Funding for primate experimentation is at an all time high with the overall estimate for federal spending on primate experimentation (including spending by the NIH, DOD, USDA, EPA, NSF, SBIR) is $1.6 billion. The number of primate grants funded by the National Institutes of Health has risen 67% in the last ten years. The funding of the Primate Research Center System has risen 379%% in the last six years to eclipse the $1 Billion mark.
Funding statistics for the two most commonly used primate species (macaques & baboons – accounting for over 93% of all primate experimentation) show that the majority of experimentation funded by the National Institutes of Health are not relevant to two of the most common killers of Americans, Heart Disease and Cancer.
Funding statistics also show that an extremely high level of duplication exists in many areas of experimentation, with some types of projects (in a cross-section of primate species) being funded as much as 182 times simultaneously at an estimated cost of $63,700,000. Other areas of duplication exist with respect of other issues, cumulative total of duplicative studies for the two most commonly used primate species reaches $266 million per year, or 17%.
Primate experimentation statistics promulgated by the USDA show an increase of 24% in primate use in a ten-year period (1995 – 2004). The comparison of USDA census statistics for 2001 and 2004 show an increase of 13% in three years. The population of the eight laboratories that make up the National Primate Research Center System has increased 35% in a five-year period (1997 – 2002). So, by several different measures over several different time periods, the numbers all agree in one way – primate experimentation in the U.S. is increasing substantially. The population of primates in laboratories and dealers is increasing, having reached an all-time high of 120,000.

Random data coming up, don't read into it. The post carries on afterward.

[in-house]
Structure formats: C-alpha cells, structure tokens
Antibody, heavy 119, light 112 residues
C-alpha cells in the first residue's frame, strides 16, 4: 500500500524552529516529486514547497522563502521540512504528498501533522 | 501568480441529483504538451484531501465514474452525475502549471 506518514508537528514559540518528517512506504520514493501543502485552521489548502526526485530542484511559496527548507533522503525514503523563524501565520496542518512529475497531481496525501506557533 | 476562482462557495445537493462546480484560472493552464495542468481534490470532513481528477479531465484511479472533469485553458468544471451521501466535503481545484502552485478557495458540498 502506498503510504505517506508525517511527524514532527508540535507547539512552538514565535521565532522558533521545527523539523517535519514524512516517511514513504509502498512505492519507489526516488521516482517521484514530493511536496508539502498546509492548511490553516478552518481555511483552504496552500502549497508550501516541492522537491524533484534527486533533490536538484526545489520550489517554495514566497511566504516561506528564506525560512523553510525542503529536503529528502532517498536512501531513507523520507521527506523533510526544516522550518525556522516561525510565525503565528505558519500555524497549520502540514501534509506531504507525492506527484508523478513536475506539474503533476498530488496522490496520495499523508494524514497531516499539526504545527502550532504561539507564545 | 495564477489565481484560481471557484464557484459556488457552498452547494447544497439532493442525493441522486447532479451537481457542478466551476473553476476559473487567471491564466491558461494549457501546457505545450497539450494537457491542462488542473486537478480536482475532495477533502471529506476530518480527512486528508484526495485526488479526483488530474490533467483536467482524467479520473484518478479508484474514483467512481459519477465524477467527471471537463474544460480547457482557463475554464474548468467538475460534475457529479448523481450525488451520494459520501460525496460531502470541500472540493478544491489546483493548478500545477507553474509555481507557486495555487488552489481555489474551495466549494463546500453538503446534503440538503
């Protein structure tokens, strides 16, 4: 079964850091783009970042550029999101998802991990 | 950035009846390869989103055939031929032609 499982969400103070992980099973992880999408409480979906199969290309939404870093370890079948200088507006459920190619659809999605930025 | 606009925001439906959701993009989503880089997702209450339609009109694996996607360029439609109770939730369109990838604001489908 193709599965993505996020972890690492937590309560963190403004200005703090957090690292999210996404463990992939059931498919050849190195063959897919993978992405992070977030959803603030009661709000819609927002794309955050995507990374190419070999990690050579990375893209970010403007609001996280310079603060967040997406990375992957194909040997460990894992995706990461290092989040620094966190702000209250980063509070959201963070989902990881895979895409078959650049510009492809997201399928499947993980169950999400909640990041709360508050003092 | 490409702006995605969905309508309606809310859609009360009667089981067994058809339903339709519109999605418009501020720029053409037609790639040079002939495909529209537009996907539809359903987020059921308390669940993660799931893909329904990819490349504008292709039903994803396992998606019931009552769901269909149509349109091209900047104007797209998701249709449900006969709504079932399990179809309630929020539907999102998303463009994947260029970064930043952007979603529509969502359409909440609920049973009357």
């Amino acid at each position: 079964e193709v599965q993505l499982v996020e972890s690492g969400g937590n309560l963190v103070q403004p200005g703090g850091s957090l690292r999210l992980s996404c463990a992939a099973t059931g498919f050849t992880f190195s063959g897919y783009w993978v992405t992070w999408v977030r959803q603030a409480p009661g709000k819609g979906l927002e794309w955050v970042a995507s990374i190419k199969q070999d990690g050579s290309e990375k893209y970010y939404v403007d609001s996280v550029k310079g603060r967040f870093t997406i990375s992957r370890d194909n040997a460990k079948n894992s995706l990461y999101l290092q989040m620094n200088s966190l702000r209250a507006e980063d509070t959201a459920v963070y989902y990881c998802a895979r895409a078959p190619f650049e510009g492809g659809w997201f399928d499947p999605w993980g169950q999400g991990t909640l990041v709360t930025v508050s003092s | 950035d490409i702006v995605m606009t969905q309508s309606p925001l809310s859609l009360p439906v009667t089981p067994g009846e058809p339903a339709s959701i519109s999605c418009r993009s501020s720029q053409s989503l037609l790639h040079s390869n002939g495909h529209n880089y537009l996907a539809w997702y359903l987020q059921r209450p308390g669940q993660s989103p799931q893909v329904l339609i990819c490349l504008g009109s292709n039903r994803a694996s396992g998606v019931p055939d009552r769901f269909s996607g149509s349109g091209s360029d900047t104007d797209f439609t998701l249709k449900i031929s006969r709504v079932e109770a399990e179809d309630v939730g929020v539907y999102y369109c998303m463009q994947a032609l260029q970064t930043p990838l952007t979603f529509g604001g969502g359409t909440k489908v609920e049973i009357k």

Violations of federal law regulating animal experimentation has increased by 35% in a two-year period reaching almost 1500, which allows more than one violation for every lab in the United States.
Primates undergo highly invasive experimentation in many facilities in the U.S. Examinations of internal documents from major laboratories across the U.S. indicate that primates suffer from severe stress within the laboratory environment reacting with violence towards both themselves (self-injurious behavior) and their con-specifics. Traumatic injury rates within one lab reached 13%.
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